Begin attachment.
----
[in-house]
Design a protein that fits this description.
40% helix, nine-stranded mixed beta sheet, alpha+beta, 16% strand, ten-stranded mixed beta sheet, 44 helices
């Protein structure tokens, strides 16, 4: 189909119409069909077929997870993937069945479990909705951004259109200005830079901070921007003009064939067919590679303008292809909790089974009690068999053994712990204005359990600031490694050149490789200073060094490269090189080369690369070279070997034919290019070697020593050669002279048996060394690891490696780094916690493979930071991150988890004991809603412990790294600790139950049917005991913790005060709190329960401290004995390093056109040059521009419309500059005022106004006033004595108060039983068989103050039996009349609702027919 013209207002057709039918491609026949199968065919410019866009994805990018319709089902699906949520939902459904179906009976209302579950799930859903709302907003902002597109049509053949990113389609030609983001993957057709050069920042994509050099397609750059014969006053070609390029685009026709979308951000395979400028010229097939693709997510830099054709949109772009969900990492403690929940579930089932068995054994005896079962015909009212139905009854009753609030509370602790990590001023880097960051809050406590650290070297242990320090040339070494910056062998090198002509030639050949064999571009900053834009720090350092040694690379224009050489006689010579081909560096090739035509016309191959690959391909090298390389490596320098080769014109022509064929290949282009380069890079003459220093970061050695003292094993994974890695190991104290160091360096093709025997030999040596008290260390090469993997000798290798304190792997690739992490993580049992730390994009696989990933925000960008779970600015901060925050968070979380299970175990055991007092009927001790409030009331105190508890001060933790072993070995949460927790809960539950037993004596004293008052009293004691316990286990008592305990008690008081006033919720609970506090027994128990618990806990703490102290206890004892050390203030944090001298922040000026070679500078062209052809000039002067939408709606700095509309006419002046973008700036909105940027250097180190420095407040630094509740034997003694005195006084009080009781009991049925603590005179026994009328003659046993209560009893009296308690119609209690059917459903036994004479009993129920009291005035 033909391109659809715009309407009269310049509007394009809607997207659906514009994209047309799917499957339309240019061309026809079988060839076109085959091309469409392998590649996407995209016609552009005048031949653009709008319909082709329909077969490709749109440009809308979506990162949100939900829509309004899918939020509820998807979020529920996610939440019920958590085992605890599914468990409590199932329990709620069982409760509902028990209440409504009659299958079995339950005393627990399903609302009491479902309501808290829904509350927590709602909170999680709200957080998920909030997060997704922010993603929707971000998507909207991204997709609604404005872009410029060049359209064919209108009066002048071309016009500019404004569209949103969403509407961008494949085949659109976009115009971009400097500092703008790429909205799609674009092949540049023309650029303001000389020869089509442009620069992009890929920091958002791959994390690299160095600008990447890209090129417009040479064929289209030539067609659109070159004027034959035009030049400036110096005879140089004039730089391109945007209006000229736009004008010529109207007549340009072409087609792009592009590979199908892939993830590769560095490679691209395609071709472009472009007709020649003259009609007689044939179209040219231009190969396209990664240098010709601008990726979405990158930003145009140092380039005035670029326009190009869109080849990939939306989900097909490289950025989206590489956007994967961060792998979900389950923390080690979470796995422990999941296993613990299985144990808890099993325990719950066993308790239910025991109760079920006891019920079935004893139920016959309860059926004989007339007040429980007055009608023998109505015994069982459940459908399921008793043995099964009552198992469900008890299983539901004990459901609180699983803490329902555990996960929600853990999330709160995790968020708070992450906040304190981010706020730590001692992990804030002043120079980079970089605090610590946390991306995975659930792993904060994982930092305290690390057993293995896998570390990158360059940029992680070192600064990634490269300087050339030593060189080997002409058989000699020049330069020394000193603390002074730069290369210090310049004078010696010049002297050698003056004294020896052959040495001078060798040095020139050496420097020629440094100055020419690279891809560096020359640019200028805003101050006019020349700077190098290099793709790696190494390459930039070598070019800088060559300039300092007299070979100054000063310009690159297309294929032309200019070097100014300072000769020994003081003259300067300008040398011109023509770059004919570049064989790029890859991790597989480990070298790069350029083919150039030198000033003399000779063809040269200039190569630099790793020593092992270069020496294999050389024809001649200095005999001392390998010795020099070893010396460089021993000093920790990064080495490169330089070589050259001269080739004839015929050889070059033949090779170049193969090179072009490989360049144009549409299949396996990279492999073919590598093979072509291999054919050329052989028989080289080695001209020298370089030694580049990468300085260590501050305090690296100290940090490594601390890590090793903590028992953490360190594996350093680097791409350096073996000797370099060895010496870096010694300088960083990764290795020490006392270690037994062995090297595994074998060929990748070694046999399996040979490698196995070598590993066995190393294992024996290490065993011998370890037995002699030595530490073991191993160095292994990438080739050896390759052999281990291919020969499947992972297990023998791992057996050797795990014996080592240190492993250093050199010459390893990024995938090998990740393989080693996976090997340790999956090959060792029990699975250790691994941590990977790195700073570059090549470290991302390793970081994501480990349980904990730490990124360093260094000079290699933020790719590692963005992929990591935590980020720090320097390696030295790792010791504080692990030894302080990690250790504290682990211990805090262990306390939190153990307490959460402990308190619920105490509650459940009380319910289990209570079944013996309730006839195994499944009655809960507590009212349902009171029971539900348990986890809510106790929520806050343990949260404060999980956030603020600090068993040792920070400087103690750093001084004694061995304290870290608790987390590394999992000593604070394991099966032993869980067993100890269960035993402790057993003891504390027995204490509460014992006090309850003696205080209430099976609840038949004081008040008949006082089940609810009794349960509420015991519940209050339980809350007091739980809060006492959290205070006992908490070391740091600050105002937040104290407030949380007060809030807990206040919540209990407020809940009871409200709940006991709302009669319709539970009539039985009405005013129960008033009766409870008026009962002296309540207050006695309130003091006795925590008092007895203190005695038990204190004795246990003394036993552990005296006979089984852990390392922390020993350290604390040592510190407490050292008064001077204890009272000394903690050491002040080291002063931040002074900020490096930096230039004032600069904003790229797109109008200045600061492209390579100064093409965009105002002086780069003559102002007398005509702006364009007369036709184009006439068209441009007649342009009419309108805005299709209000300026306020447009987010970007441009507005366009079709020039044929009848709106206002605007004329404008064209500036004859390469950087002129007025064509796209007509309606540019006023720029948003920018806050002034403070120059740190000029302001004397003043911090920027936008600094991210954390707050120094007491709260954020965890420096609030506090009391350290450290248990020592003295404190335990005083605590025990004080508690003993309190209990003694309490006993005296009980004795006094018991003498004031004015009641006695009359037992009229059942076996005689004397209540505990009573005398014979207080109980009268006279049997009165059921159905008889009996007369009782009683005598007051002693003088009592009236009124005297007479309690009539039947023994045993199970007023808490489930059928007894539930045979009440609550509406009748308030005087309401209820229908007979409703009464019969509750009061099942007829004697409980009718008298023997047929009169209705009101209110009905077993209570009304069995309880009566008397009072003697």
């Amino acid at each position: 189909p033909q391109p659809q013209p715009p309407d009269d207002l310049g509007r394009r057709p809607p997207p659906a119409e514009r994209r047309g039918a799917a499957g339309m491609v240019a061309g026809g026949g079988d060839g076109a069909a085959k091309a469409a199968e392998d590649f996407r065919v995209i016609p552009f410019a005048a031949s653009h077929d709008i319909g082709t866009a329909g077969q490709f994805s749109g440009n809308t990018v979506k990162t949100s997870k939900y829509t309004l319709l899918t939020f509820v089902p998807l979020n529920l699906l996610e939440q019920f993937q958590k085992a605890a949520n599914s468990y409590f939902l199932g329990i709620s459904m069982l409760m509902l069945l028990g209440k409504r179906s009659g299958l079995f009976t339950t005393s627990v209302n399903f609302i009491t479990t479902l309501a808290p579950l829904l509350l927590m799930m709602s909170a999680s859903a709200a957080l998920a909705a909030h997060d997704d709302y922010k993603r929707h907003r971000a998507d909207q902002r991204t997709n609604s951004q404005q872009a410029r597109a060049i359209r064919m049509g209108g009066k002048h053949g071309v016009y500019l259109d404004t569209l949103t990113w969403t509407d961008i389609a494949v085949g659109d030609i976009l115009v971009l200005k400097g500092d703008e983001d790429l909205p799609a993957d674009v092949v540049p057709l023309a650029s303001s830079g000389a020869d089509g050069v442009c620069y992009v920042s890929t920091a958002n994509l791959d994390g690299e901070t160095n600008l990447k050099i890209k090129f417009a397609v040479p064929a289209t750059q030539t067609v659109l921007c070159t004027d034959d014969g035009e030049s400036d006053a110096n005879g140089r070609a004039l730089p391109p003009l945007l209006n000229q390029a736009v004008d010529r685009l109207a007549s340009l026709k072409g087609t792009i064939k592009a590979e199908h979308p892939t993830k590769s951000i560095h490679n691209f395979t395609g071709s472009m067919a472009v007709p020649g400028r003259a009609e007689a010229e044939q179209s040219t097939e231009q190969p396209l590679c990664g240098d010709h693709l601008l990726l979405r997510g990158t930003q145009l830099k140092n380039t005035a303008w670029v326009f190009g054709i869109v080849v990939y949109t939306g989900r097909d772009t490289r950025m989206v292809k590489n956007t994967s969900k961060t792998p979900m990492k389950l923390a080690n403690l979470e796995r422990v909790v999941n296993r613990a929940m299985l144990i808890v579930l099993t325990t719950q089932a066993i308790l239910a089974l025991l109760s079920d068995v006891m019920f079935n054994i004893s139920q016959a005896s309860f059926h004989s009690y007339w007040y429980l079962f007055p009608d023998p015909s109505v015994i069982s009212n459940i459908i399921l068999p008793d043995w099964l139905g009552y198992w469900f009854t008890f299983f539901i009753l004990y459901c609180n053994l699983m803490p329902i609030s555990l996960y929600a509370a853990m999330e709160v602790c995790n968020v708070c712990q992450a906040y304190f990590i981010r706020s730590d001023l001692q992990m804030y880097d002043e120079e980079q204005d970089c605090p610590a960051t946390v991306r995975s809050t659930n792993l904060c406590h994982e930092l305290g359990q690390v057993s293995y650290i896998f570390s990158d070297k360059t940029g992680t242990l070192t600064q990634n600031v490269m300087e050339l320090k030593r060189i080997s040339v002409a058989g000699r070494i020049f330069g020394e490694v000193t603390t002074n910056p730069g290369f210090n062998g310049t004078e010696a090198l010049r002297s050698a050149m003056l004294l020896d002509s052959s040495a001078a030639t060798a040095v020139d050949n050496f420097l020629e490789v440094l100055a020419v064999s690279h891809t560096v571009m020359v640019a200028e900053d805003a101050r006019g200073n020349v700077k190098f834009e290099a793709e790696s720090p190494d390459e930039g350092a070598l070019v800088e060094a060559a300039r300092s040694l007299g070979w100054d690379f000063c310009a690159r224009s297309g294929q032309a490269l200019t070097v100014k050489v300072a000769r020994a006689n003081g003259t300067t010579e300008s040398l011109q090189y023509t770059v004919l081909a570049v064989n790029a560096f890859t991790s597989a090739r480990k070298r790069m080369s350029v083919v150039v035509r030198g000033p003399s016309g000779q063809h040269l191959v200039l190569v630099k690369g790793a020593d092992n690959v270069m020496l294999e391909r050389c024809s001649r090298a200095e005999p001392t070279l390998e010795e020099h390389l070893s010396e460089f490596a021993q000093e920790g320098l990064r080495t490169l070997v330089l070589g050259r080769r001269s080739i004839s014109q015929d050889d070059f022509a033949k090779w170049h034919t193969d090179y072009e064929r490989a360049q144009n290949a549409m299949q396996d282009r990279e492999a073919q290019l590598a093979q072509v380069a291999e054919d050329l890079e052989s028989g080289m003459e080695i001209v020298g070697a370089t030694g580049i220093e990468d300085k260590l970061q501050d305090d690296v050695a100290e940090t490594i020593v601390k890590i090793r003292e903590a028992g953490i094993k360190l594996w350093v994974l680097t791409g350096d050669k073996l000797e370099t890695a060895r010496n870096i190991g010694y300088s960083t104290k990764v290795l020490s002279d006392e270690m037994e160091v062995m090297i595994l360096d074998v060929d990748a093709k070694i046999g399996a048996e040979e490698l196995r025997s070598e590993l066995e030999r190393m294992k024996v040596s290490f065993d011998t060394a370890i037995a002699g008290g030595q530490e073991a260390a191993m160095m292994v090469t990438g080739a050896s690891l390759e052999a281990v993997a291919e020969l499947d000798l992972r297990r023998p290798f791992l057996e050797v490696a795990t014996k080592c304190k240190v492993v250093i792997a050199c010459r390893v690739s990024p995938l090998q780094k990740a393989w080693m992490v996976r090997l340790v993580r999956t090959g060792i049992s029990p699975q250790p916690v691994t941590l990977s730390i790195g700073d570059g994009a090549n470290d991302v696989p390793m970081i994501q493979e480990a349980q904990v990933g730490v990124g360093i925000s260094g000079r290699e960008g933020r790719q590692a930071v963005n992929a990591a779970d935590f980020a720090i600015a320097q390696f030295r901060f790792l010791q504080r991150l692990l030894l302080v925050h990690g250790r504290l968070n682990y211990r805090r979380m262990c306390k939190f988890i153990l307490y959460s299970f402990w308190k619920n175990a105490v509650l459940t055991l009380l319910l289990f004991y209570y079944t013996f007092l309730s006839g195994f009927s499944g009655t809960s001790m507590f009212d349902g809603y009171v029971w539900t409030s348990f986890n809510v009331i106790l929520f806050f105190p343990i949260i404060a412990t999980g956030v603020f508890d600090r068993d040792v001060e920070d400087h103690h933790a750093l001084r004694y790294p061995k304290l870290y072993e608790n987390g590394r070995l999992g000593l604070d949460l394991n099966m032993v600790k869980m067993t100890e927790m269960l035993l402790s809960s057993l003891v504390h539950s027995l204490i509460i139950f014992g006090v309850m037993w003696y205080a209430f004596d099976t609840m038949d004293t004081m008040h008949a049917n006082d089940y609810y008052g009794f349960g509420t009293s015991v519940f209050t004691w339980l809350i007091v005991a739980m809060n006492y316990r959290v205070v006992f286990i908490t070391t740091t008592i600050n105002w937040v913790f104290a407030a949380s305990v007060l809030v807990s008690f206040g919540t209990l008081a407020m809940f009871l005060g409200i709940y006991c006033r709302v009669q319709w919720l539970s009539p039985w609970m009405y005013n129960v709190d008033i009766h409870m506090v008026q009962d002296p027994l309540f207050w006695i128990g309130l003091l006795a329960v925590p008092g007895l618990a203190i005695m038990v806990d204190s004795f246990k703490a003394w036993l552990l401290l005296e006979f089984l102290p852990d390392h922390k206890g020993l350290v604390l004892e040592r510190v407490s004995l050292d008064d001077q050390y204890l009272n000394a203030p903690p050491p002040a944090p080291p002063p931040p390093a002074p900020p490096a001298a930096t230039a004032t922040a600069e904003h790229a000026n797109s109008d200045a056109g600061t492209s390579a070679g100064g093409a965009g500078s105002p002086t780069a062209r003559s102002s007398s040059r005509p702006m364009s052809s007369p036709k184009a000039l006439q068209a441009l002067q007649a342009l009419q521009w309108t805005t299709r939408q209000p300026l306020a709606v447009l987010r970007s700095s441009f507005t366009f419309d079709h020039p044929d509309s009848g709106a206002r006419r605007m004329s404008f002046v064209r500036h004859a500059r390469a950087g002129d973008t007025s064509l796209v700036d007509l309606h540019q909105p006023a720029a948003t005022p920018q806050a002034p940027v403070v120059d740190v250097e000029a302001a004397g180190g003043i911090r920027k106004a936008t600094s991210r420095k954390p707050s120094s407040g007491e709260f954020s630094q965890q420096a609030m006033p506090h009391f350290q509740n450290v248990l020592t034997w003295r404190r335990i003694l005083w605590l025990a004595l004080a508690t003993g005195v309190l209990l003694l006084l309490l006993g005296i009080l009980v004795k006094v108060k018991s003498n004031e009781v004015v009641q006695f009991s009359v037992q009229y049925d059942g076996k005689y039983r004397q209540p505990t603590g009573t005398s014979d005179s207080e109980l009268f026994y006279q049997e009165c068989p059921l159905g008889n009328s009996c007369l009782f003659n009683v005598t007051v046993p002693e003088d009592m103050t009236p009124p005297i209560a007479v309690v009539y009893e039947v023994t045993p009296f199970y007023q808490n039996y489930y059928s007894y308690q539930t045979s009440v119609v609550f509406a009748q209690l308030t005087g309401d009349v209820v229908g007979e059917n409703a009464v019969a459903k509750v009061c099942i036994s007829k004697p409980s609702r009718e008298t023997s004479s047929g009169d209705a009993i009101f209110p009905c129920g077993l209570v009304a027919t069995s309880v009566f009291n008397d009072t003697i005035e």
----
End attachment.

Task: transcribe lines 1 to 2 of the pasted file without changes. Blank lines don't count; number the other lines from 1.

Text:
[in-house]
Design a protein that fits this description.